In a study of more than half a million pupils the results of grammar schools were shown to be mostly a product of the type of pupil the schools select. The study by Stephen Gorrard of Durham University showed that, ‘The apparent success of grammar schools is due to pupils coming from more advantaged social backgrounds, and already having higher academic attainment at age 11.’ It also showed that the disadvantaged pupils attending grammar schools had been eligible for free schools meals for a shorter time, which may suggest these pupils are not from the most deprived backgrounds. Another study released the same week suggested that genetic differences played a part in the supposedly superior GCSE results of grammar school pupils. This research inspired local anti-selection groups to write to their councils and ask them why they choose to ignore evidence about selection. The research also inspired a call by Ryan Shorthouse, head of Conservative think tank Bright Blue, to phase out existing grammar schools.
New evidence of the problems of 11-plus test tuition
A research study looked at the probability of getting into a grammar school in England depending on whether tutoring or coaching for the entrance test has been received. The study showed that around 70% of those who received 11-plus tutoring got into a grammar school, compared to just 14% of those who did not. This study on the impact of tutoring took account of a wide range of other factors including prior achievement, and school application decisions. It is clear that a ‘tutor proof’ test does not exist, and that grammar school entry is often influenced by money spent on test coaching.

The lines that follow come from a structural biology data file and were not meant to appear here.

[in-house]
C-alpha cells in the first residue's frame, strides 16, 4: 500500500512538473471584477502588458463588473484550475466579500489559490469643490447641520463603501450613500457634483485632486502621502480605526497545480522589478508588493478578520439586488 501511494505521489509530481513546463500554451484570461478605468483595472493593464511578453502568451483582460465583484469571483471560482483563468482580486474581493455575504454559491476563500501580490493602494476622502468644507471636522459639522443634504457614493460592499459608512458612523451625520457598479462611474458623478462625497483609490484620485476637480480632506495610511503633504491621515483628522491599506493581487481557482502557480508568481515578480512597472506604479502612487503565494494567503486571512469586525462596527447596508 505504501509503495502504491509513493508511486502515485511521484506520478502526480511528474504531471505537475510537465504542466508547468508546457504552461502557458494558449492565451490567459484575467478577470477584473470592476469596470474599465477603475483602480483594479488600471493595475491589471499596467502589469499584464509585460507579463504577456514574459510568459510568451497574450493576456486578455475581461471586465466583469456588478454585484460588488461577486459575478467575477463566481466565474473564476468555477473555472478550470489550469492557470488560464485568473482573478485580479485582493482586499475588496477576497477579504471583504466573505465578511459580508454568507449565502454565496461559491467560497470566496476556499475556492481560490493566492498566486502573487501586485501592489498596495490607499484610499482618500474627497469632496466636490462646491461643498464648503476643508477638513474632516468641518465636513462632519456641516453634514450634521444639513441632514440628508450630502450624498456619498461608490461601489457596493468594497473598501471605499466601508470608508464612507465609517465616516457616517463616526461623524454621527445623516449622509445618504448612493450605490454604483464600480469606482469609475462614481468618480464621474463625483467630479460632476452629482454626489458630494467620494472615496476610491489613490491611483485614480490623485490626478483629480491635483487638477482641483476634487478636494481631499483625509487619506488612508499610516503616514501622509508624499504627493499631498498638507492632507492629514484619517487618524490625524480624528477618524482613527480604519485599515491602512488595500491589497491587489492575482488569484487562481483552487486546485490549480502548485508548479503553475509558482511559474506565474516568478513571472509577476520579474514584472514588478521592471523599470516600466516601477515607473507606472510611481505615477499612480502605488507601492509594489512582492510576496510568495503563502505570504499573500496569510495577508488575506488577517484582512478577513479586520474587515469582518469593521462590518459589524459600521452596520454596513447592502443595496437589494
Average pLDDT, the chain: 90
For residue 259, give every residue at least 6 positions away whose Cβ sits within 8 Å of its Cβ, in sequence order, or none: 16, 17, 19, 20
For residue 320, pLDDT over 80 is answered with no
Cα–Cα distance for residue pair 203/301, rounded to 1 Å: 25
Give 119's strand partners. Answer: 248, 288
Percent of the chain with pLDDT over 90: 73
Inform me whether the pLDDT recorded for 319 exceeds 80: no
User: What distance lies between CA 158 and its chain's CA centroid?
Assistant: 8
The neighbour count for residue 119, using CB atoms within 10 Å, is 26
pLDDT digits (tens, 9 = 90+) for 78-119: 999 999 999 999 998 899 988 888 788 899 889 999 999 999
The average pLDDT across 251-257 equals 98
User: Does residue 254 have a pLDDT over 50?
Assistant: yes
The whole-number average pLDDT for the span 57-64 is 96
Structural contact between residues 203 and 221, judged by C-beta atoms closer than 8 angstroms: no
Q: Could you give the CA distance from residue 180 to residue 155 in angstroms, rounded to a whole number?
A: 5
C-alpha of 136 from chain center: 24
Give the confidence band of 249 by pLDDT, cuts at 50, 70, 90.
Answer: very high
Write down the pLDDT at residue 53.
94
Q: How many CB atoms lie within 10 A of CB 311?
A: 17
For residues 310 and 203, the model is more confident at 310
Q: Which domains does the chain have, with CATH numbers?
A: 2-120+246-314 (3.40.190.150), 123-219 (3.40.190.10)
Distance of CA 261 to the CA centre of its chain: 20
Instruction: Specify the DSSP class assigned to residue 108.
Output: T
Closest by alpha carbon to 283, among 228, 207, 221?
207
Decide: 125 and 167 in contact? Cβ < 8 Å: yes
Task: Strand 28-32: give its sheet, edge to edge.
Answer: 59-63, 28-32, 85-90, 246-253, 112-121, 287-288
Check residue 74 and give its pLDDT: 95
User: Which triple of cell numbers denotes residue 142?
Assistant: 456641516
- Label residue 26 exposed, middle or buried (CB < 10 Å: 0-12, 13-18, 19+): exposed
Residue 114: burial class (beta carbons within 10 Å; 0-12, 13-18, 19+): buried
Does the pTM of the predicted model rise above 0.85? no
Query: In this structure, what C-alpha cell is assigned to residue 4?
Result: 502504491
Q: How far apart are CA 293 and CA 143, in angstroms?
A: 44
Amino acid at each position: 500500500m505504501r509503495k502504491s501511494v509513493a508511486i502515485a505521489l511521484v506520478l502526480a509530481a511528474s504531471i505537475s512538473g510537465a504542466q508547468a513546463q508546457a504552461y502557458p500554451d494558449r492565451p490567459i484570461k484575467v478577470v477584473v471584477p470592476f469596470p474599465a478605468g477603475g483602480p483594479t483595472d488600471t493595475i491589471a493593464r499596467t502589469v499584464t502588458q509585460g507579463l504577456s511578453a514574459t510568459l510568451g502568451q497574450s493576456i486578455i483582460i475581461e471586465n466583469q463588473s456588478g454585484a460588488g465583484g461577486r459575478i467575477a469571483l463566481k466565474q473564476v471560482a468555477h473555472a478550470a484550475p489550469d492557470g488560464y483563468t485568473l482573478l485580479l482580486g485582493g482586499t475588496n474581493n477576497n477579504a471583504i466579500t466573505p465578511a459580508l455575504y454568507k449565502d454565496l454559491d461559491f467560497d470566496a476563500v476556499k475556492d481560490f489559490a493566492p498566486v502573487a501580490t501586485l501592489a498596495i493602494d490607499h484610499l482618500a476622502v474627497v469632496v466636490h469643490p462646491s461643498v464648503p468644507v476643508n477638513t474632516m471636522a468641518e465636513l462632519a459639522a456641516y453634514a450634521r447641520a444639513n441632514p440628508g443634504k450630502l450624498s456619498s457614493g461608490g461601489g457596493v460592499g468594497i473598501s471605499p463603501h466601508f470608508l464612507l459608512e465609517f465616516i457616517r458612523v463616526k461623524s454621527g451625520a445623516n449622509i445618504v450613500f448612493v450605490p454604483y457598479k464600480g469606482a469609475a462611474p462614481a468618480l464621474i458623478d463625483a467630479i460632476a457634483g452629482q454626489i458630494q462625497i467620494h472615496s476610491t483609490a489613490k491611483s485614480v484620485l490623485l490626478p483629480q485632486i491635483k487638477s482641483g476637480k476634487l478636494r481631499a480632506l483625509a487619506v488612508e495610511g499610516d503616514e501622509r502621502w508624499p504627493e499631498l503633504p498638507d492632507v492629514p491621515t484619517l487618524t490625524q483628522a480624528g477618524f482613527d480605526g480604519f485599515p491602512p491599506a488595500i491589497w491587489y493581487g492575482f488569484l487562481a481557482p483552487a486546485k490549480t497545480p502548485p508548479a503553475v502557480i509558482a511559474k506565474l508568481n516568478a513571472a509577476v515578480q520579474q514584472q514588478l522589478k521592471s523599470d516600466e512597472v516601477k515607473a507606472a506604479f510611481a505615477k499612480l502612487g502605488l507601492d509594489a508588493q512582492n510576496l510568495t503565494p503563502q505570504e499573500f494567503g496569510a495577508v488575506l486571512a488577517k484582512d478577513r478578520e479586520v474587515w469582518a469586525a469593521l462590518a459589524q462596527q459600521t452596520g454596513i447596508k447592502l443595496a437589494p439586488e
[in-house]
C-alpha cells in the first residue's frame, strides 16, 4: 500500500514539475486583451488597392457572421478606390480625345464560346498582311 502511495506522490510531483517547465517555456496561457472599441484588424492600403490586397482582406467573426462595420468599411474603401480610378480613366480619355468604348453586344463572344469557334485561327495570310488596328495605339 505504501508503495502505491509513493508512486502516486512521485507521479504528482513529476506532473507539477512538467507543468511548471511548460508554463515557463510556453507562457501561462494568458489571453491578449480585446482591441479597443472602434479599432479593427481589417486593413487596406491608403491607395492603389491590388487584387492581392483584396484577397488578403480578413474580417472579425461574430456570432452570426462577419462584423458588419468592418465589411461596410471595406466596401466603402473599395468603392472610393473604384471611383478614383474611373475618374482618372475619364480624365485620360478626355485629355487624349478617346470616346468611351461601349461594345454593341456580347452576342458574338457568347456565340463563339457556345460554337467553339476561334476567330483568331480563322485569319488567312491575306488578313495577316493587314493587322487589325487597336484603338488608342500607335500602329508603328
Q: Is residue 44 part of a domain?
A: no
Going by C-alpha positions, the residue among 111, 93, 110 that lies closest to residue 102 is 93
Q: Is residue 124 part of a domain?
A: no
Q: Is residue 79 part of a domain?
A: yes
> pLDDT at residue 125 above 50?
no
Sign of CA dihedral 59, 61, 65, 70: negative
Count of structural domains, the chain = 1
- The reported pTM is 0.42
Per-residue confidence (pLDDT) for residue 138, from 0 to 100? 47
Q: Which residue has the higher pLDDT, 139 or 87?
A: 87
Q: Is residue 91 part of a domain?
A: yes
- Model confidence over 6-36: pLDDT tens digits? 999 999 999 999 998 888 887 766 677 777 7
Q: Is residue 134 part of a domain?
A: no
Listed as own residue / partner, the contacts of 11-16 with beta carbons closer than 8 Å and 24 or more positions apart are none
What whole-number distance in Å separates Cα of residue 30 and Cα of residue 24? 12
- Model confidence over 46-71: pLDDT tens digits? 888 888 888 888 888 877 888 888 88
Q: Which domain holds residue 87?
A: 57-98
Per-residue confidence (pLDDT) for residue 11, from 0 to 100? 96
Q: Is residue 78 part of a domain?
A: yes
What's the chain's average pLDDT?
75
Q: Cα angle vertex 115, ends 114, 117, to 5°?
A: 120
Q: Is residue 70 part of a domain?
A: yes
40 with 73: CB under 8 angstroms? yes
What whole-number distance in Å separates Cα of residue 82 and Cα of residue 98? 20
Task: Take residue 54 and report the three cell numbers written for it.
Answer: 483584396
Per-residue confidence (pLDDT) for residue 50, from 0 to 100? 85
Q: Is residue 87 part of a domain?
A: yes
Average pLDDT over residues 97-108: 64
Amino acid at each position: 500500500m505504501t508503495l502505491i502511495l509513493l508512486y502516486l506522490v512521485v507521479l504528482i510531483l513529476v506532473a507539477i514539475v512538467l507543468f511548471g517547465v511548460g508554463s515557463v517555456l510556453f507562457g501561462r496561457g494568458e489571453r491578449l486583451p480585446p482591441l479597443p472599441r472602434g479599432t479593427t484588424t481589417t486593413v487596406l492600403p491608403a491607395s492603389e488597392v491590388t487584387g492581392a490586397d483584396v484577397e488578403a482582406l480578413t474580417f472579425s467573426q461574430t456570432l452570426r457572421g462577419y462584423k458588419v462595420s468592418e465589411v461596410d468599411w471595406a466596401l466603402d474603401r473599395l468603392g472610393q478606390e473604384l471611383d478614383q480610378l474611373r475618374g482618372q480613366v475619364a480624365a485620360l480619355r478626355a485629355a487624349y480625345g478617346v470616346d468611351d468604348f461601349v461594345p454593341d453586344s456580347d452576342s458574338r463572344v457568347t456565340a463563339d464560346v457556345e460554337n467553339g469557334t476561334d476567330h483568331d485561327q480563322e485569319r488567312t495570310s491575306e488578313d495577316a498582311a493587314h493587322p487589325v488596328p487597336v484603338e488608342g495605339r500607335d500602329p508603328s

The school adjudicator has ruled that an 11-plus test with no age weighting is ‘unfair’ and must change. The adjudicator said, “A smaller proportion of summer born girls who take the test achieve the required test scores than girls born at other times of the year, I consider that the admission arrangements currently in operation are unfair to girls who are born in the summer months.”
Last year, only 19 per cent of pupils born in July or August achieved a test pass mark in the Consortium of Selective Schools in Essex (CSSE) test, compared to 35 per cent of children who were born in September. The test has operated without age adjustment for many years, but 11-plus tests are rarely scrutinised, and it is likely that other tests still operate with a bias against younger pupils.
Labour has launched a consultation on it’s National Education Service, with submissions open to anyone with an interest in education. We hope that Labour will match its passionate opposition to new grammar schools with a commitment to phase out existing selection. We urge all Comprehensive Future supporters to take part in this consultation and ask for a policy of fully comprehensive education and an end to the 11-plus test. To find out how to take part in the consultation click here.